Call for Papers
City of San Francisco
Sponsors & Supporters
Improving Program Comprehension by Answering Questions
Speaker: Prof. Brad A. Myers
Human Computer Interaction Institute
School of Computer Science
Carnegie Mellon University
My Natural Programming Project is working on making software development easier to learn, more effective, and less error prone. An important focus over the last few years has been to discover what are the hard-to-answer questions that developers ask while they are trying to comprehend their programs, and then to develop tools to help answer those questions. For example, by studying programmers working on every-day bugs, we found that they continuously are asking "Why" and "Why Not" questions as they try to comprehend what happened, so we developed the "Whyline" debugging tool which allows programmers to directly ask these questions of their programs and get a visualization of the answers. The WhyLine increases productivity by about a factor of two. We studied professional programmers trying to understand unfamiliar code, and identified over 100 questions they identified as hard-to-answer. In particular, we saw that programmers frequently had specific questions about the feasible execution paths, so we developed a new visualization tool to directly present this information. When trying to use unfamiliar APIs, such as the Java SDK and the SAP eSOA APIs, we discovered some common patterns that make programmers up to 10 times slower in finding and understanding how to use the appropriate methods, so we developed new tools to compensate. This talk will provide an overview of our studies and resulting tools that address program comprehension issues.
Brad A. Myers is a Professor in the Human-Computer Interaction Institute in the School of Computer Science at Carnegie Mellon University. He is an IEEE Fellow, ACM Fellow, and a member of the CHI Academy, an honor bestowed on the principal leaders of the field. He is the principal investigator for the Natural Programming Project, and the Pebbles Handheld Computer Project and and previously led the Amulet and Garnet projects. He is the author or editor of over 400 publications, including the books "Creating User Interfaces by Demonstration" and "Languages for Developing User Interfaces," and he has been on the editorial board of five journals. He has been a consultant on user interface design and implementation to over 75 companies, and regularly teaches courses on user interface design and software. Myers received a PhD in computer science at the University of Toronto where he developed the Peridot UIMS. He received the MS and BSc degrees from the Massachusetts Institute of Technology during which time he was a research intern at Xerox PARC. From 1980 until 1983, he worked at PERQ Systems Corporation. His research interests include user interface development systems, user interfaces, handheld computers, programming environments, programming language design, programming by example, visual programming, interaction techniques, and window management. He belongs to SIGCHI, ACM, IEEE, and the IEEE Computer Society.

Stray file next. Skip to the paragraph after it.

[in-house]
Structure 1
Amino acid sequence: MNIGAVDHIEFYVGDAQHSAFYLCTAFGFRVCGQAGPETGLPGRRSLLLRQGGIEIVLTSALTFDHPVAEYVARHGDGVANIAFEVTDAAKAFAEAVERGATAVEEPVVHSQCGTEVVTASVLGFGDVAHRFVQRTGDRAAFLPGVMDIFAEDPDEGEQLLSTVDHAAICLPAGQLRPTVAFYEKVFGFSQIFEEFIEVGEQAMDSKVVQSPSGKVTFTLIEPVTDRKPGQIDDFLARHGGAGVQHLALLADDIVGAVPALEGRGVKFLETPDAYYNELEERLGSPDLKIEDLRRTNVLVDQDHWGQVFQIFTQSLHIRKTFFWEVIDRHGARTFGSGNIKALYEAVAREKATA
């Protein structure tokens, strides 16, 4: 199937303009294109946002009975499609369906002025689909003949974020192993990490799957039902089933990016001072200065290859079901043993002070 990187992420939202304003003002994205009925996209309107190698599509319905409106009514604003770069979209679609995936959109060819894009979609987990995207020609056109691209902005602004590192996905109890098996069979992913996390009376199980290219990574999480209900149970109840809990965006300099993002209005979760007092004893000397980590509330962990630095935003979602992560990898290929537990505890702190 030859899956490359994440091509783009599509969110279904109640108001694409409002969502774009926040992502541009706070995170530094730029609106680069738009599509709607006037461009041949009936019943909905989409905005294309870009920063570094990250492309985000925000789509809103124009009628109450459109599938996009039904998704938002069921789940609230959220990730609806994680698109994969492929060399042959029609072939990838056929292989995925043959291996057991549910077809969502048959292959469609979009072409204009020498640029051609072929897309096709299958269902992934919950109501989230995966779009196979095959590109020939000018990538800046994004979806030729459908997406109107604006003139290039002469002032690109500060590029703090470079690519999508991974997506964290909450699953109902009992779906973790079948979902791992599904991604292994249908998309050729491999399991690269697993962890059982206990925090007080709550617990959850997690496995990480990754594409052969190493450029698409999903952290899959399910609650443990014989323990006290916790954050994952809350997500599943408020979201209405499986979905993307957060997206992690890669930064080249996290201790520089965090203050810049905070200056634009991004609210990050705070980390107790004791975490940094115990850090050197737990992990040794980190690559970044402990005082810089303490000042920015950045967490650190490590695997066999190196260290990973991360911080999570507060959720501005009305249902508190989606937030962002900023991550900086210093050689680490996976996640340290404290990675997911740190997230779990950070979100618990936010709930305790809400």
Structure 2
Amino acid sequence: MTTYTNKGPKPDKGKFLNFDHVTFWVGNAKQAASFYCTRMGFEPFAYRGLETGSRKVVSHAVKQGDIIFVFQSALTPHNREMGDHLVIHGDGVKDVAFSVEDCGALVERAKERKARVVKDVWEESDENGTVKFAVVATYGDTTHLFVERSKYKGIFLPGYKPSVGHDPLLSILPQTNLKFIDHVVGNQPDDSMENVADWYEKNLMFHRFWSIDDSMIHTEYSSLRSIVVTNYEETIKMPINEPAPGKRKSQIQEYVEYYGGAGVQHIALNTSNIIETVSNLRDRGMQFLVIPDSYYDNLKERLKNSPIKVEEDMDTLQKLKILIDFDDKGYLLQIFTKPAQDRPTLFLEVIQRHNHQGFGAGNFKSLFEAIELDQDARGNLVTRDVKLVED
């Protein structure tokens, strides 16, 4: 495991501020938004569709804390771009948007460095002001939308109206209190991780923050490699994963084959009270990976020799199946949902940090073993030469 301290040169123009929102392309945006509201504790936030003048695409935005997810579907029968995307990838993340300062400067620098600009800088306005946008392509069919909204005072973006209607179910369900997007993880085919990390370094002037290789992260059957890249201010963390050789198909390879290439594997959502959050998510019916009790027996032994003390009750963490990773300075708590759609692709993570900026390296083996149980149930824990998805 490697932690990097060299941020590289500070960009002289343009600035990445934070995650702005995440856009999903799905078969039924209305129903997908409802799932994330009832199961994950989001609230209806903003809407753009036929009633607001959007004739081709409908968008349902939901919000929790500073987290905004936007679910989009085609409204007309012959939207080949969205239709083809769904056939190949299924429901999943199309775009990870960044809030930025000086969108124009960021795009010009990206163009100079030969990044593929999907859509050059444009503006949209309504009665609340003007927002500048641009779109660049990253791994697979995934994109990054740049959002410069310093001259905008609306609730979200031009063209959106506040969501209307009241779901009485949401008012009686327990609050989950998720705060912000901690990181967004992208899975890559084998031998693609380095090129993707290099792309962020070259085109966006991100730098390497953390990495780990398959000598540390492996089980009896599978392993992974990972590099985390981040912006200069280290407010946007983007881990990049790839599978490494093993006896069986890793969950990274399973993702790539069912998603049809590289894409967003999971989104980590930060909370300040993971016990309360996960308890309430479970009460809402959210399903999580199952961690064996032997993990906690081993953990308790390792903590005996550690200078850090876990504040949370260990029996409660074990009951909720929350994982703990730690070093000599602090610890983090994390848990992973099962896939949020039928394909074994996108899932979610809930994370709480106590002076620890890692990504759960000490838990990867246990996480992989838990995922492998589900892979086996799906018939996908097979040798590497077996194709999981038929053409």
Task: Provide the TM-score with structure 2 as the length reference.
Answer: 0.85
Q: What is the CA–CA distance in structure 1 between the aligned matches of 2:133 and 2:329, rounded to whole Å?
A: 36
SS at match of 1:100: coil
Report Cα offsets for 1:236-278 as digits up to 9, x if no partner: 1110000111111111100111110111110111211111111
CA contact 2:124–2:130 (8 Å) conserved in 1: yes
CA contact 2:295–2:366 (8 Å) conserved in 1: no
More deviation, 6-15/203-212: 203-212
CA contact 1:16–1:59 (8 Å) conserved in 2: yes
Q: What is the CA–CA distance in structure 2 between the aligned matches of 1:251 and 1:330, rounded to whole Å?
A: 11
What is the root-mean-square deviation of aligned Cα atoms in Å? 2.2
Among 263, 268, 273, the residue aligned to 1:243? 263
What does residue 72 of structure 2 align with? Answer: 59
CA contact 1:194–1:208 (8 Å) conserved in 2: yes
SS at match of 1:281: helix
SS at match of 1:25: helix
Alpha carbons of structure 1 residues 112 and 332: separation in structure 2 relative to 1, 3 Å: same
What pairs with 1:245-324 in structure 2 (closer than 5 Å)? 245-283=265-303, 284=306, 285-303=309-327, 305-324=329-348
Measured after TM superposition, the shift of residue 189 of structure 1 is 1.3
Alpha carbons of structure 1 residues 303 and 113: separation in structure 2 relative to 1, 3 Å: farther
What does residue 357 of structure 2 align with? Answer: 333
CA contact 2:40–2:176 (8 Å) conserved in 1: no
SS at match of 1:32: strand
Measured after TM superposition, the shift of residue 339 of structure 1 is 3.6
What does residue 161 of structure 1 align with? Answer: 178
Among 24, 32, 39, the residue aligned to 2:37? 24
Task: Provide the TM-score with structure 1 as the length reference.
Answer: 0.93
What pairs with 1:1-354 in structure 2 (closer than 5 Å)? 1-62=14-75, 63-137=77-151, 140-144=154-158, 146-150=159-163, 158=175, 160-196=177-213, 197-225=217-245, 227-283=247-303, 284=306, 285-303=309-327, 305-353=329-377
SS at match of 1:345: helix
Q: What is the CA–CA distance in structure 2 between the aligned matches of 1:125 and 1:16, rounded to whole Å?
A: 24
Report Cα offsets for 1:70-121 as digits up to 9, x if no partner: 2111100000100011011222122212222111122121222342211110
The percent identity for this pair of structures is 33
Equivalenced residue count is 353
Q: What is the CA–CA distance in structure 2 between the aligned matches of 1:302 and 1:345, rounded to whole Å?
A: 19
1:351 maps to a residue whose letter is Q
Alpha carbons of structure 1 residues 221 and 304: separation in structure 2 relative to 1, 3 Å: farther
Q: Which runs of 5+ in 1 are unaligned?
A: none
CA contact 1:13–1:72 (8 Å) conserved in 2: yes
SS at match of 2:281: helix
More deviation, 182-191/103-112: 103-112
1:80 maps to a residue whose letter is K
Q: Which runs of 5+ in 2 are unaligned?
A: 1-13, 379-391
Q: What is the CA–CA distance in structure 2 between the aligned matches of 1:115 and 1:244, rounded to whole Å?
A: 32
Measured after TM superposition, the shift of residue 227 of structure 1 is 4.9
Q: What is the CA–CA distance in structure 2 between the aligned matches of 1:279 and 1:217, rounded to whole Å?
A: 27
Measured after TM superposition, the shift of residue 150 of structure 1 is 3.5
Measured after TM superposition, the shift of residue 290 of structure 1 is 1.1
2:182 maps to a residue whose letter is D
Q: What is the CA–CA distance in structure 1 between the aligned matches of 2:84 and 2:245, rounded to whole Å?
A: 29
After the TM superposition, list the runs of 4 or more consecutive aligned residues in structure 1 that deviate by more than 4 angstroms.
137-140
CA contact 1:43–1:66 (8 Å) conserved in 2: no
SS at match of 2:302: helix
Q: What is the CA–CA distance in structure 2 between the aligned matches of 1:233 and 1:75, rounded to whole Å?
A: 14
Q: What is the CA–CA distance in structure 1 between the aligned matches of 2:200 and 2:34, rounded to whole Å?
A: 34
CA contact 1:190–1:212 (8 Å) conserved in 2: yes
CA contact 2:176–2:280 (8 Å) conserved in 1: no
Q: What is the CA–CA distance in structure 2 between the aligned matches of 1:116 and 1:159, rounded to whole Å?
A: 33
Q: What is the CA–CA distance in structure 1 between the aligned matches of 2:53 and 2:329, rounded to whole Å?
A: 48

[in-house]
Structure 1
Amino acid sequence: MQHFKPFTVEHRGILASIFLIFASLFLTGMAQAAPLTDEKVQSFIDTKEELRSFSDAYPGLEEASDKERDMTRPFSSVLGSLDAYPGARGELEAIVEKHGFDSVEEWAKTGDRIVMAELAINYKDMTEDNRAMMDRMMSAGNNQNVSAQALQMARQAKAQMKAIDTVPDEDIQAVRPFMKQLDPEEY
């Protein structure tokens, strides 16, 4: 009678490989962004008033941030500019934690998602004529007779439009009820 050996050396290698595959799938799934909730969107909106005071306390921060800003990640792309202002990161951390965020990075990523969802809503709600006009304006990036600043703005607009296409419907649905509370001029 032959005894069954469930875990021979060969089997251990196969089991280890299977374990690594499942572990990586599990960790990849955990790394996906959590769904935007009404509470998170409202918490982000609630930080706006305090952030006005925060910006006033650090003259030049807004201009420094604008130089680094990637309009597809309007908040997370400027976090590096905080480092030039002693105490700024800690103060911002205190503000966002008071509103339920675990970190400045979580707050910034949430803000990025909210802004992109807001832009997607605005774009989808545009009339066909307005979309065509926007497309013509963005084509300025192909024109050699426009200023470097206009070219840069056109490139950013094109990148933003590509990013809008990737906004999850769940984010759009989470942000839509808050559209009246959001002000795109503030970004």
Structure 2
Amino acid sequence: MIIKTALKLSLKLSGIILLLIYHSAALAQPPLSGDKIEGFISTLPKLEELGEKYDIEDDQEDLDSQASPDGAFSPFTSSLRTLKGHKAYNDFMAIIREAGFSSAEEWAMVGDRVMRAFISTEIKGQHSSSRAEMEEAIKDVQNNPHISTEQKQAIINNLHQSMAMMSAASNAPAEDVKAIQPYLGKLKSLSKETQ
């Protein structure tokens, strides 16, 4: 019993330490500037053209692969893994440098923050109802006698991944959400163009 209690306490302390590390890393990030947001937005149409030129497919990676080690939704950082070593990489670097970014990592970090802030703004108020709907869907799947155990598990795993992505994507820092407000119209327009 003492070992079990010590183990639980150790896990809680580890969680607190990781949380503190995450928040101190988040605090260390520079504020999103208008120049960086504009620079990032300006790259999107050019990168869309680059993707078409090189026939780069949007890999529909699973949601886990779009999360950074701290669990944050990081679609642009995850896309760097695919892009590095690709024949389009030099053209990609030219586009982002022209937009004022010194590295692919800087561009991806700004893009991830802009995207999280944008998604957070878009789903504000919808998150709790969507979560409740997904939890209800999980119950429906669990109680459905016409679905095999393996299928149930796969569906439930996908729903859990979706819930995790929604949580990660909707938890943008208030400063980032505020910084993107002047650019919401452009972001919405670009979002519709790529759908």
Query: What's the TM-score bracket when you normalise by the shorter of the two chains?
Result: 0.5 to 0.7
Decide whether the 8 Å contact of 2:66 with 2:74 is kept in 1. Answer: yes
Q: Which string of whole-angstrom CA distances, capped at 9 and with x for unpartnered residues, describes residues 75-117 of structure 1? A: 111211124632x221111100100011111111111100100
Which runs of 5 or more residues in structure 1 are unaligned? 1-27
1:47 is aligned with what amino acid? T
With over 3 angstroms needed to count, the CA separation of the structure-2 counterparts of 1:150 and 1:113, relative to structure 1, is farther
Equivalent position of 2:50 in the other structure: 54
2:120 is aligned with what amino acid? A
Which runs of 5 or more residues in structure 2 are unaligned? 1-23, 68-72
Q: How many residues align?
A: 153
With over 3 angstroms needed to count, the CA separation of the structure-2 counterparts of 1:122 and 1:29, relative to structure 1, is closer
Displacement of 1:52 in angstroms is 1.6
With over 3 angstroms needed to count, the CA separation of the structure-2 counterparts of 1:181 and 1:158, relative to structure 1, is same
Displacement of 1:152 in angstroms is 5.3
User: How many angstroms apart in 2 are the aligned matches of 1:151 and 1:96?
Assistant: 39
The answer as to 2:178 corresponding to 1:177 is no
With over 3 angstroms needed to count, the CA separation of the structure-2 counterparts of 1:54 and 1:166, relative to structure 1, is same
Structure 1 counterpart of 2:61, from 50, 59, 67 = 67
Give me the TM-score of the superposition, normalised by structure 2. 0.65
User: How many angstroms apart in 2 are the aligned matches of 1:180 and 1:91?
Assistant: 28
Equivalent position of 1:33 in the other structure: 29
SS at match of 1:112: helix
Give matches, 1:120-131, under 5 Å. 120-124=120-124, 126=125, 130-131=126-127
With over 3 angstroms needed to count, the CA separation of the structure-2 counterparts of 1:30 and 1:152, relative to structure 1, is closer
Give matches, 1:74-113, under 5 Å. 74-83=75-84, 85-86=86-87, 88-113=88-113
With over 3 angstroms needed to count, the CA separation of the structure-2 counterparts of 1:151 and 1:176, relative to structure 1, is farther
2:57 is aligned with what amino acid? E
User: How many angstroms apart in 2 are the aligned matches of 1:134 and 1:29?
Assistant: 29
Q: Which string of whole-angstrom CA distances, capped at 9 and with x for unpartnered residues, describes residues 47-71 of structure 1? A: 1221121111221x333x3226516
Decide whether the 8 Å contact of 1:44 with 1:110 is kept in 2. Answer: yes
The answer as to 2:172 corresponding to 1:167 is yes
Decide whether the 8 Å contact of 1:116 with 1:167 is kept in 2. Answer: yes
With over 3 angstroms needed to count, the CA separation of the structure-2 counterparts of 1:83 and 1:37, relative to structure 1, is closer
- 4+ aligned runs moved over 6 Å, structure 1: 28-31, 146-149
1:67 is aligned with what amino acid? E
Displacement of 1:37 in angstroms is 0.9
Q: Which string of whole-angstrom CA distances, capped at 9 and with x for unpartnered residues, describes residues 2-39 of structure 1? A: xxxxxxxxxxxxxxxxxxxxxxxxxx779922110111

Contact him at: bam at cs dot cmu.edu